We agreed to organize an international consortium to provide the light water reactor project and to finance heavy fuel oil shipments, in exchange for the freezing and eventual dismantling of the North’s graphite-moderated nuclear program. Our agreement also set aside North Korea’s obligations under the Nuclear Non-Proliferation Treaty.
In 1993 and 1994, and over the past decade, we made a number of statements relating to North Korea’s security.
And we found the North could not be trusted. This time, a new and more comprehensive approach is required. The stakes are simply too high. North Korea’s programs for nuclear weapons, and the means to deliver them at increasingly longer range, pose a serious regional and a global threat.
A nuclear North Korea could change the face of Northeast Asia — undermining the security and stability that have underwritten the region’s economic vitality and prosperity, and possibly triggering a nuclear arms race that would end prospects for a lasting peace and settlement on the Korean Peninsula.
The stakes are no less compelling for the international community, which would face the first-ever withdrawal from among the 190 signatories to the NPT, dealing a serious blow to an institution that may be even more relevant and necessary today than ever in its history. And an economically desperate North Korean regime might sell fissile material or nuclear arms abroad. Make no mistake, we believe we can still achieve, through peaceful diplomacy, a verifiable and irreversible end to North Korea’s nuclear weapons programs.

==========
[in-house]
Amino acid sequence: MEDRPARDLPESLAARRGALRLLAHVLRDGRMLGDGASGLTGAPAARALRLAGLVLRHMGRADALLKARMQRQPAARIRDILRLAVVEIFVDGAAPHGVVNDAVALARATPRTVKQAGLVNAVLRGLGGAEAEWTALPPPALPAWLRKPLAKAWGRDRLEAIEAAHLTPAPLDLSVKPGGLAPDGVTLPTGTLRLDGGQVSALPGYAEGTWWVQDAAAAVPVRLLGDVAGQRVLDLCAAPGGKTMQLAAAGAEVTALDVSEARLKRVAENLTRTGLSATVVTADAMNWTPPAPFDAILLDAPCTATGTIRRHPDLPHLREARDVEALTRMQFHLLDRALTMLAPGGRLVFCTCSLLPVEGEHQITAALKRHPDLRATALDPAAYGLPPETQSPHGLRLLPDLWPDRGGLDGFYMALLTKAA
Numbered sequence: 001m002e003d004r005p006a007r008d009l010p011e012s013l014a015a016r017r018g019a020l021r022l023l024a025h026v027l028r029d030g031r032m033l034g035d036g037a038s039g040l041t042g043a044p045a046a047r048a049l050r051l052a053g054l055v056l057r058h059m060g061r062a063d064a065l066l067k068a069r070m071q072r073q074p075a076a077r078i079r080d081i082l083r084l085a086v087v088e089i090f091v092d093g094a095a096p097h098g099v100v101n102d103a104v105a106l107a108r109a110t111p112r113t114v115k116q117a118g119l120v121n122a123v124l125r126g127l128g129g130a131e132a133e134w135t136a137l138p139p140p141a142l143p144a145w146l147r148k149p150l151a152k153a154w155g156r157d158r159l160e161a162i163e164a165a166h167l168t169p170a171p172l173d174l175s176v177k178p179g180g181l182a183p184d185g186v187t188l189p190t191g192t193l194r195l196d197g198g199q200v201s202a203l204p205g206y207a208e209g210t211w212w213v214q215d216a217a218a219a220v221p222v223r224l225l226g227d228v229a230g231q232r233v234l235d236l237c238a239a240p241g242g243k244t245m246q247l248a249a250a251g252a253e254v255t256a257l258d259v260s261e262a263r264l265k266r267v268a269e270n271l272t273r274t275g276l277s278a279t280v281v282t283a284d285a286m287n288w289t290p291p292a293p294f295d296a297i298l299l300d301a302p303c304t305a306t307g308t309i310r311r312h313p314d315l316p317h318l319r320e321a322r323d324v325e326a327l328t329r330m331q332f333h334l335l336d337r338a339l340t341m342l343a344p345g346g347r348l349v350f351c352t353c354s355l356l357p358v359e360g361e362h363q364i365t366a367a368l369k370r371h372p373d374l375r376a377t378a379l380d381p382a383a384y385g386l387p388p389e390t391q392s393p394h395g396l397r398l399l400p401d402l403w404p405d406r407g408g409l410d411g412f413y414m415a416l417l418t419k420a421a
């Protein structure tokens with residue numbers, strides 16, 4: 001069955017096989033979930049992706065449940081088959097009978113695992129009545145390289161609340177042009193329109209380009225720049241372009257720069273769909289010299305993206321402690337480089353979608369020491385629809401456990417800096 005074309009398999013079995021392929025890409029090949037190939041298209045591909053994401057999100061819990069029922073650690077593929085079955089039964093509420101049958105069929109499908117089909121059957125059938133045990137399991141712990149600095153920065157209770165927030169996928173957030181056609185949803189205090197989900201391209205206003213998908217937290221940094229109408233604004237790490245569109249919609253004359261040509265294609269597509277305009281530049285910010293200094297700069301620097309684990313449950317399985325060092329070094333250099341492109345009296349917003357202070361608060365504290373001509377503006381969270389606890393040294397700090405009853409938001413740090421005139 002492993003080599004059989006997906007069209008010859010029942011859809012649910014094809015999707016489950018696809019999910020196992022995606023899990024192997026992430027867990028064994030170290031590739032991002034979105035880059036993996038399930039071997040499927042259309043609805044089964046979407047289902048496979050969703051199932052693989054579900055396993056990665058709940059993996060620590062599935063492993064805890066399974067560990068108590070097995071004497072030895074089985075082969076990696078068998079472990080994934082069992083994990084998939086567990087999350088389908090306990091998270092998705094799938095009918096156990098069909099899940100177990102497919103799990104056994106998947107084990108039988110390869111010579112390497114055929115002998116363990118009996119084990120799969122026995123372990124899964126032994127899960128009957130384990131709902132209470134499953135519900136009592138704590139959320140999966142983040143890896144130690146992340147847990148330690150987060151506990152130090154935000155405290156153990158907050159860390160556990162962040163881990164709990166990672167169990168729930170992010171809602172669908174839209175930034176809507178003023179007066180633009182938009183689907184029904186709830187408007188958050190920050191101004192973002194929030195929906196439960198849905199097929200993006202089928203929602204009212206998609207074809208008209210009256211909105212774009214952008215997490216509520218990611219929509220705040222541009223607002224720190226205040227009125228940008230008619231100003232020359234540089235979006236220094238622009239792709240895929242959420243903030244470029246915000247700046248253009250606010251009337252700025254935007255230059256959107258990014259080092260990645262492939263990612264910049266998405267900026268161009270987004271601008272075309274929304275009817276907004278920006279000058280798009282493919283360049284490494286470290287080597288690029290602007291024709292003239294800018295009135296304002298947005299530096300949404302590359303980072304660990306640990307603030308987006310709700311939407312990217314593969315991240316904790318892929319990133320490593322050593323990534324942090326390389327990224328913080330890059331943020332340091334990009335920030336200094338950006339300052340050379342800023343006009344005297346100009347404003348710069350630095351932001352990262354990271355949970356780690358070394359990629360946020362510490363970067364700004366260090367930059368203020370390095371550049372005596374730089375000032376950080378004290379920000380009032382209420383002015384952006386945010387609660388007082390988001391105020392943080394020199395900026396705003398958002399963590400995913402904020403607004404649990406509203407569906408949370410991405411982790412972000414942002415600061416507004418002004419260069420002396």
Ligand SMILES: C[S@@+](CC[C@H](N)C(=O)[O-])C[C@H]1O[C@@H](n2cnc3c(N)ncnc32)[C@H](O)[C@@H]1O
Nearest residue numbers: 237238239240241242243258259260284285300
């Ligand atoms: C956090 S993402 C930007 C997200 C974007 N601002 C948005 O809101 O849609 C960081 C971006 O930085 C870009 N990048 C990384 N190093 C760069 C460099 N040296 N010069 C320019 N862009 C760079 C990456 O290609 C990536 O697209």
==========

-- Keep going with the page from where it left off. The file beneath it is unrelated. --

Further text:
However, to achieve a lasting resolution, this time, the international community, particularly North Korea’s neighbors, must be involved. While the Agreed Framework succeeded in freezing the North’s declared nuclear weapons program for eight years, it was only a partial solution of limited duration. That is no longer an option.
That is why we are insisting on a multilateral approach, to ensure that the consequences to North Korea of violating its commitments will deny them any benefits to their non-compliance. It was easier for North Korea to abrogate its commitments to the United States under the Agreed Framework, thinking it would risk the condemnation of a single country.
In fact, the past six months have shown that the international community is united in its desire to see a nuclear-weapons free Korean Peninsula. North Korea has no support in its policies as reflected in the 35-0-0 and 33-0-2 IAEA votes.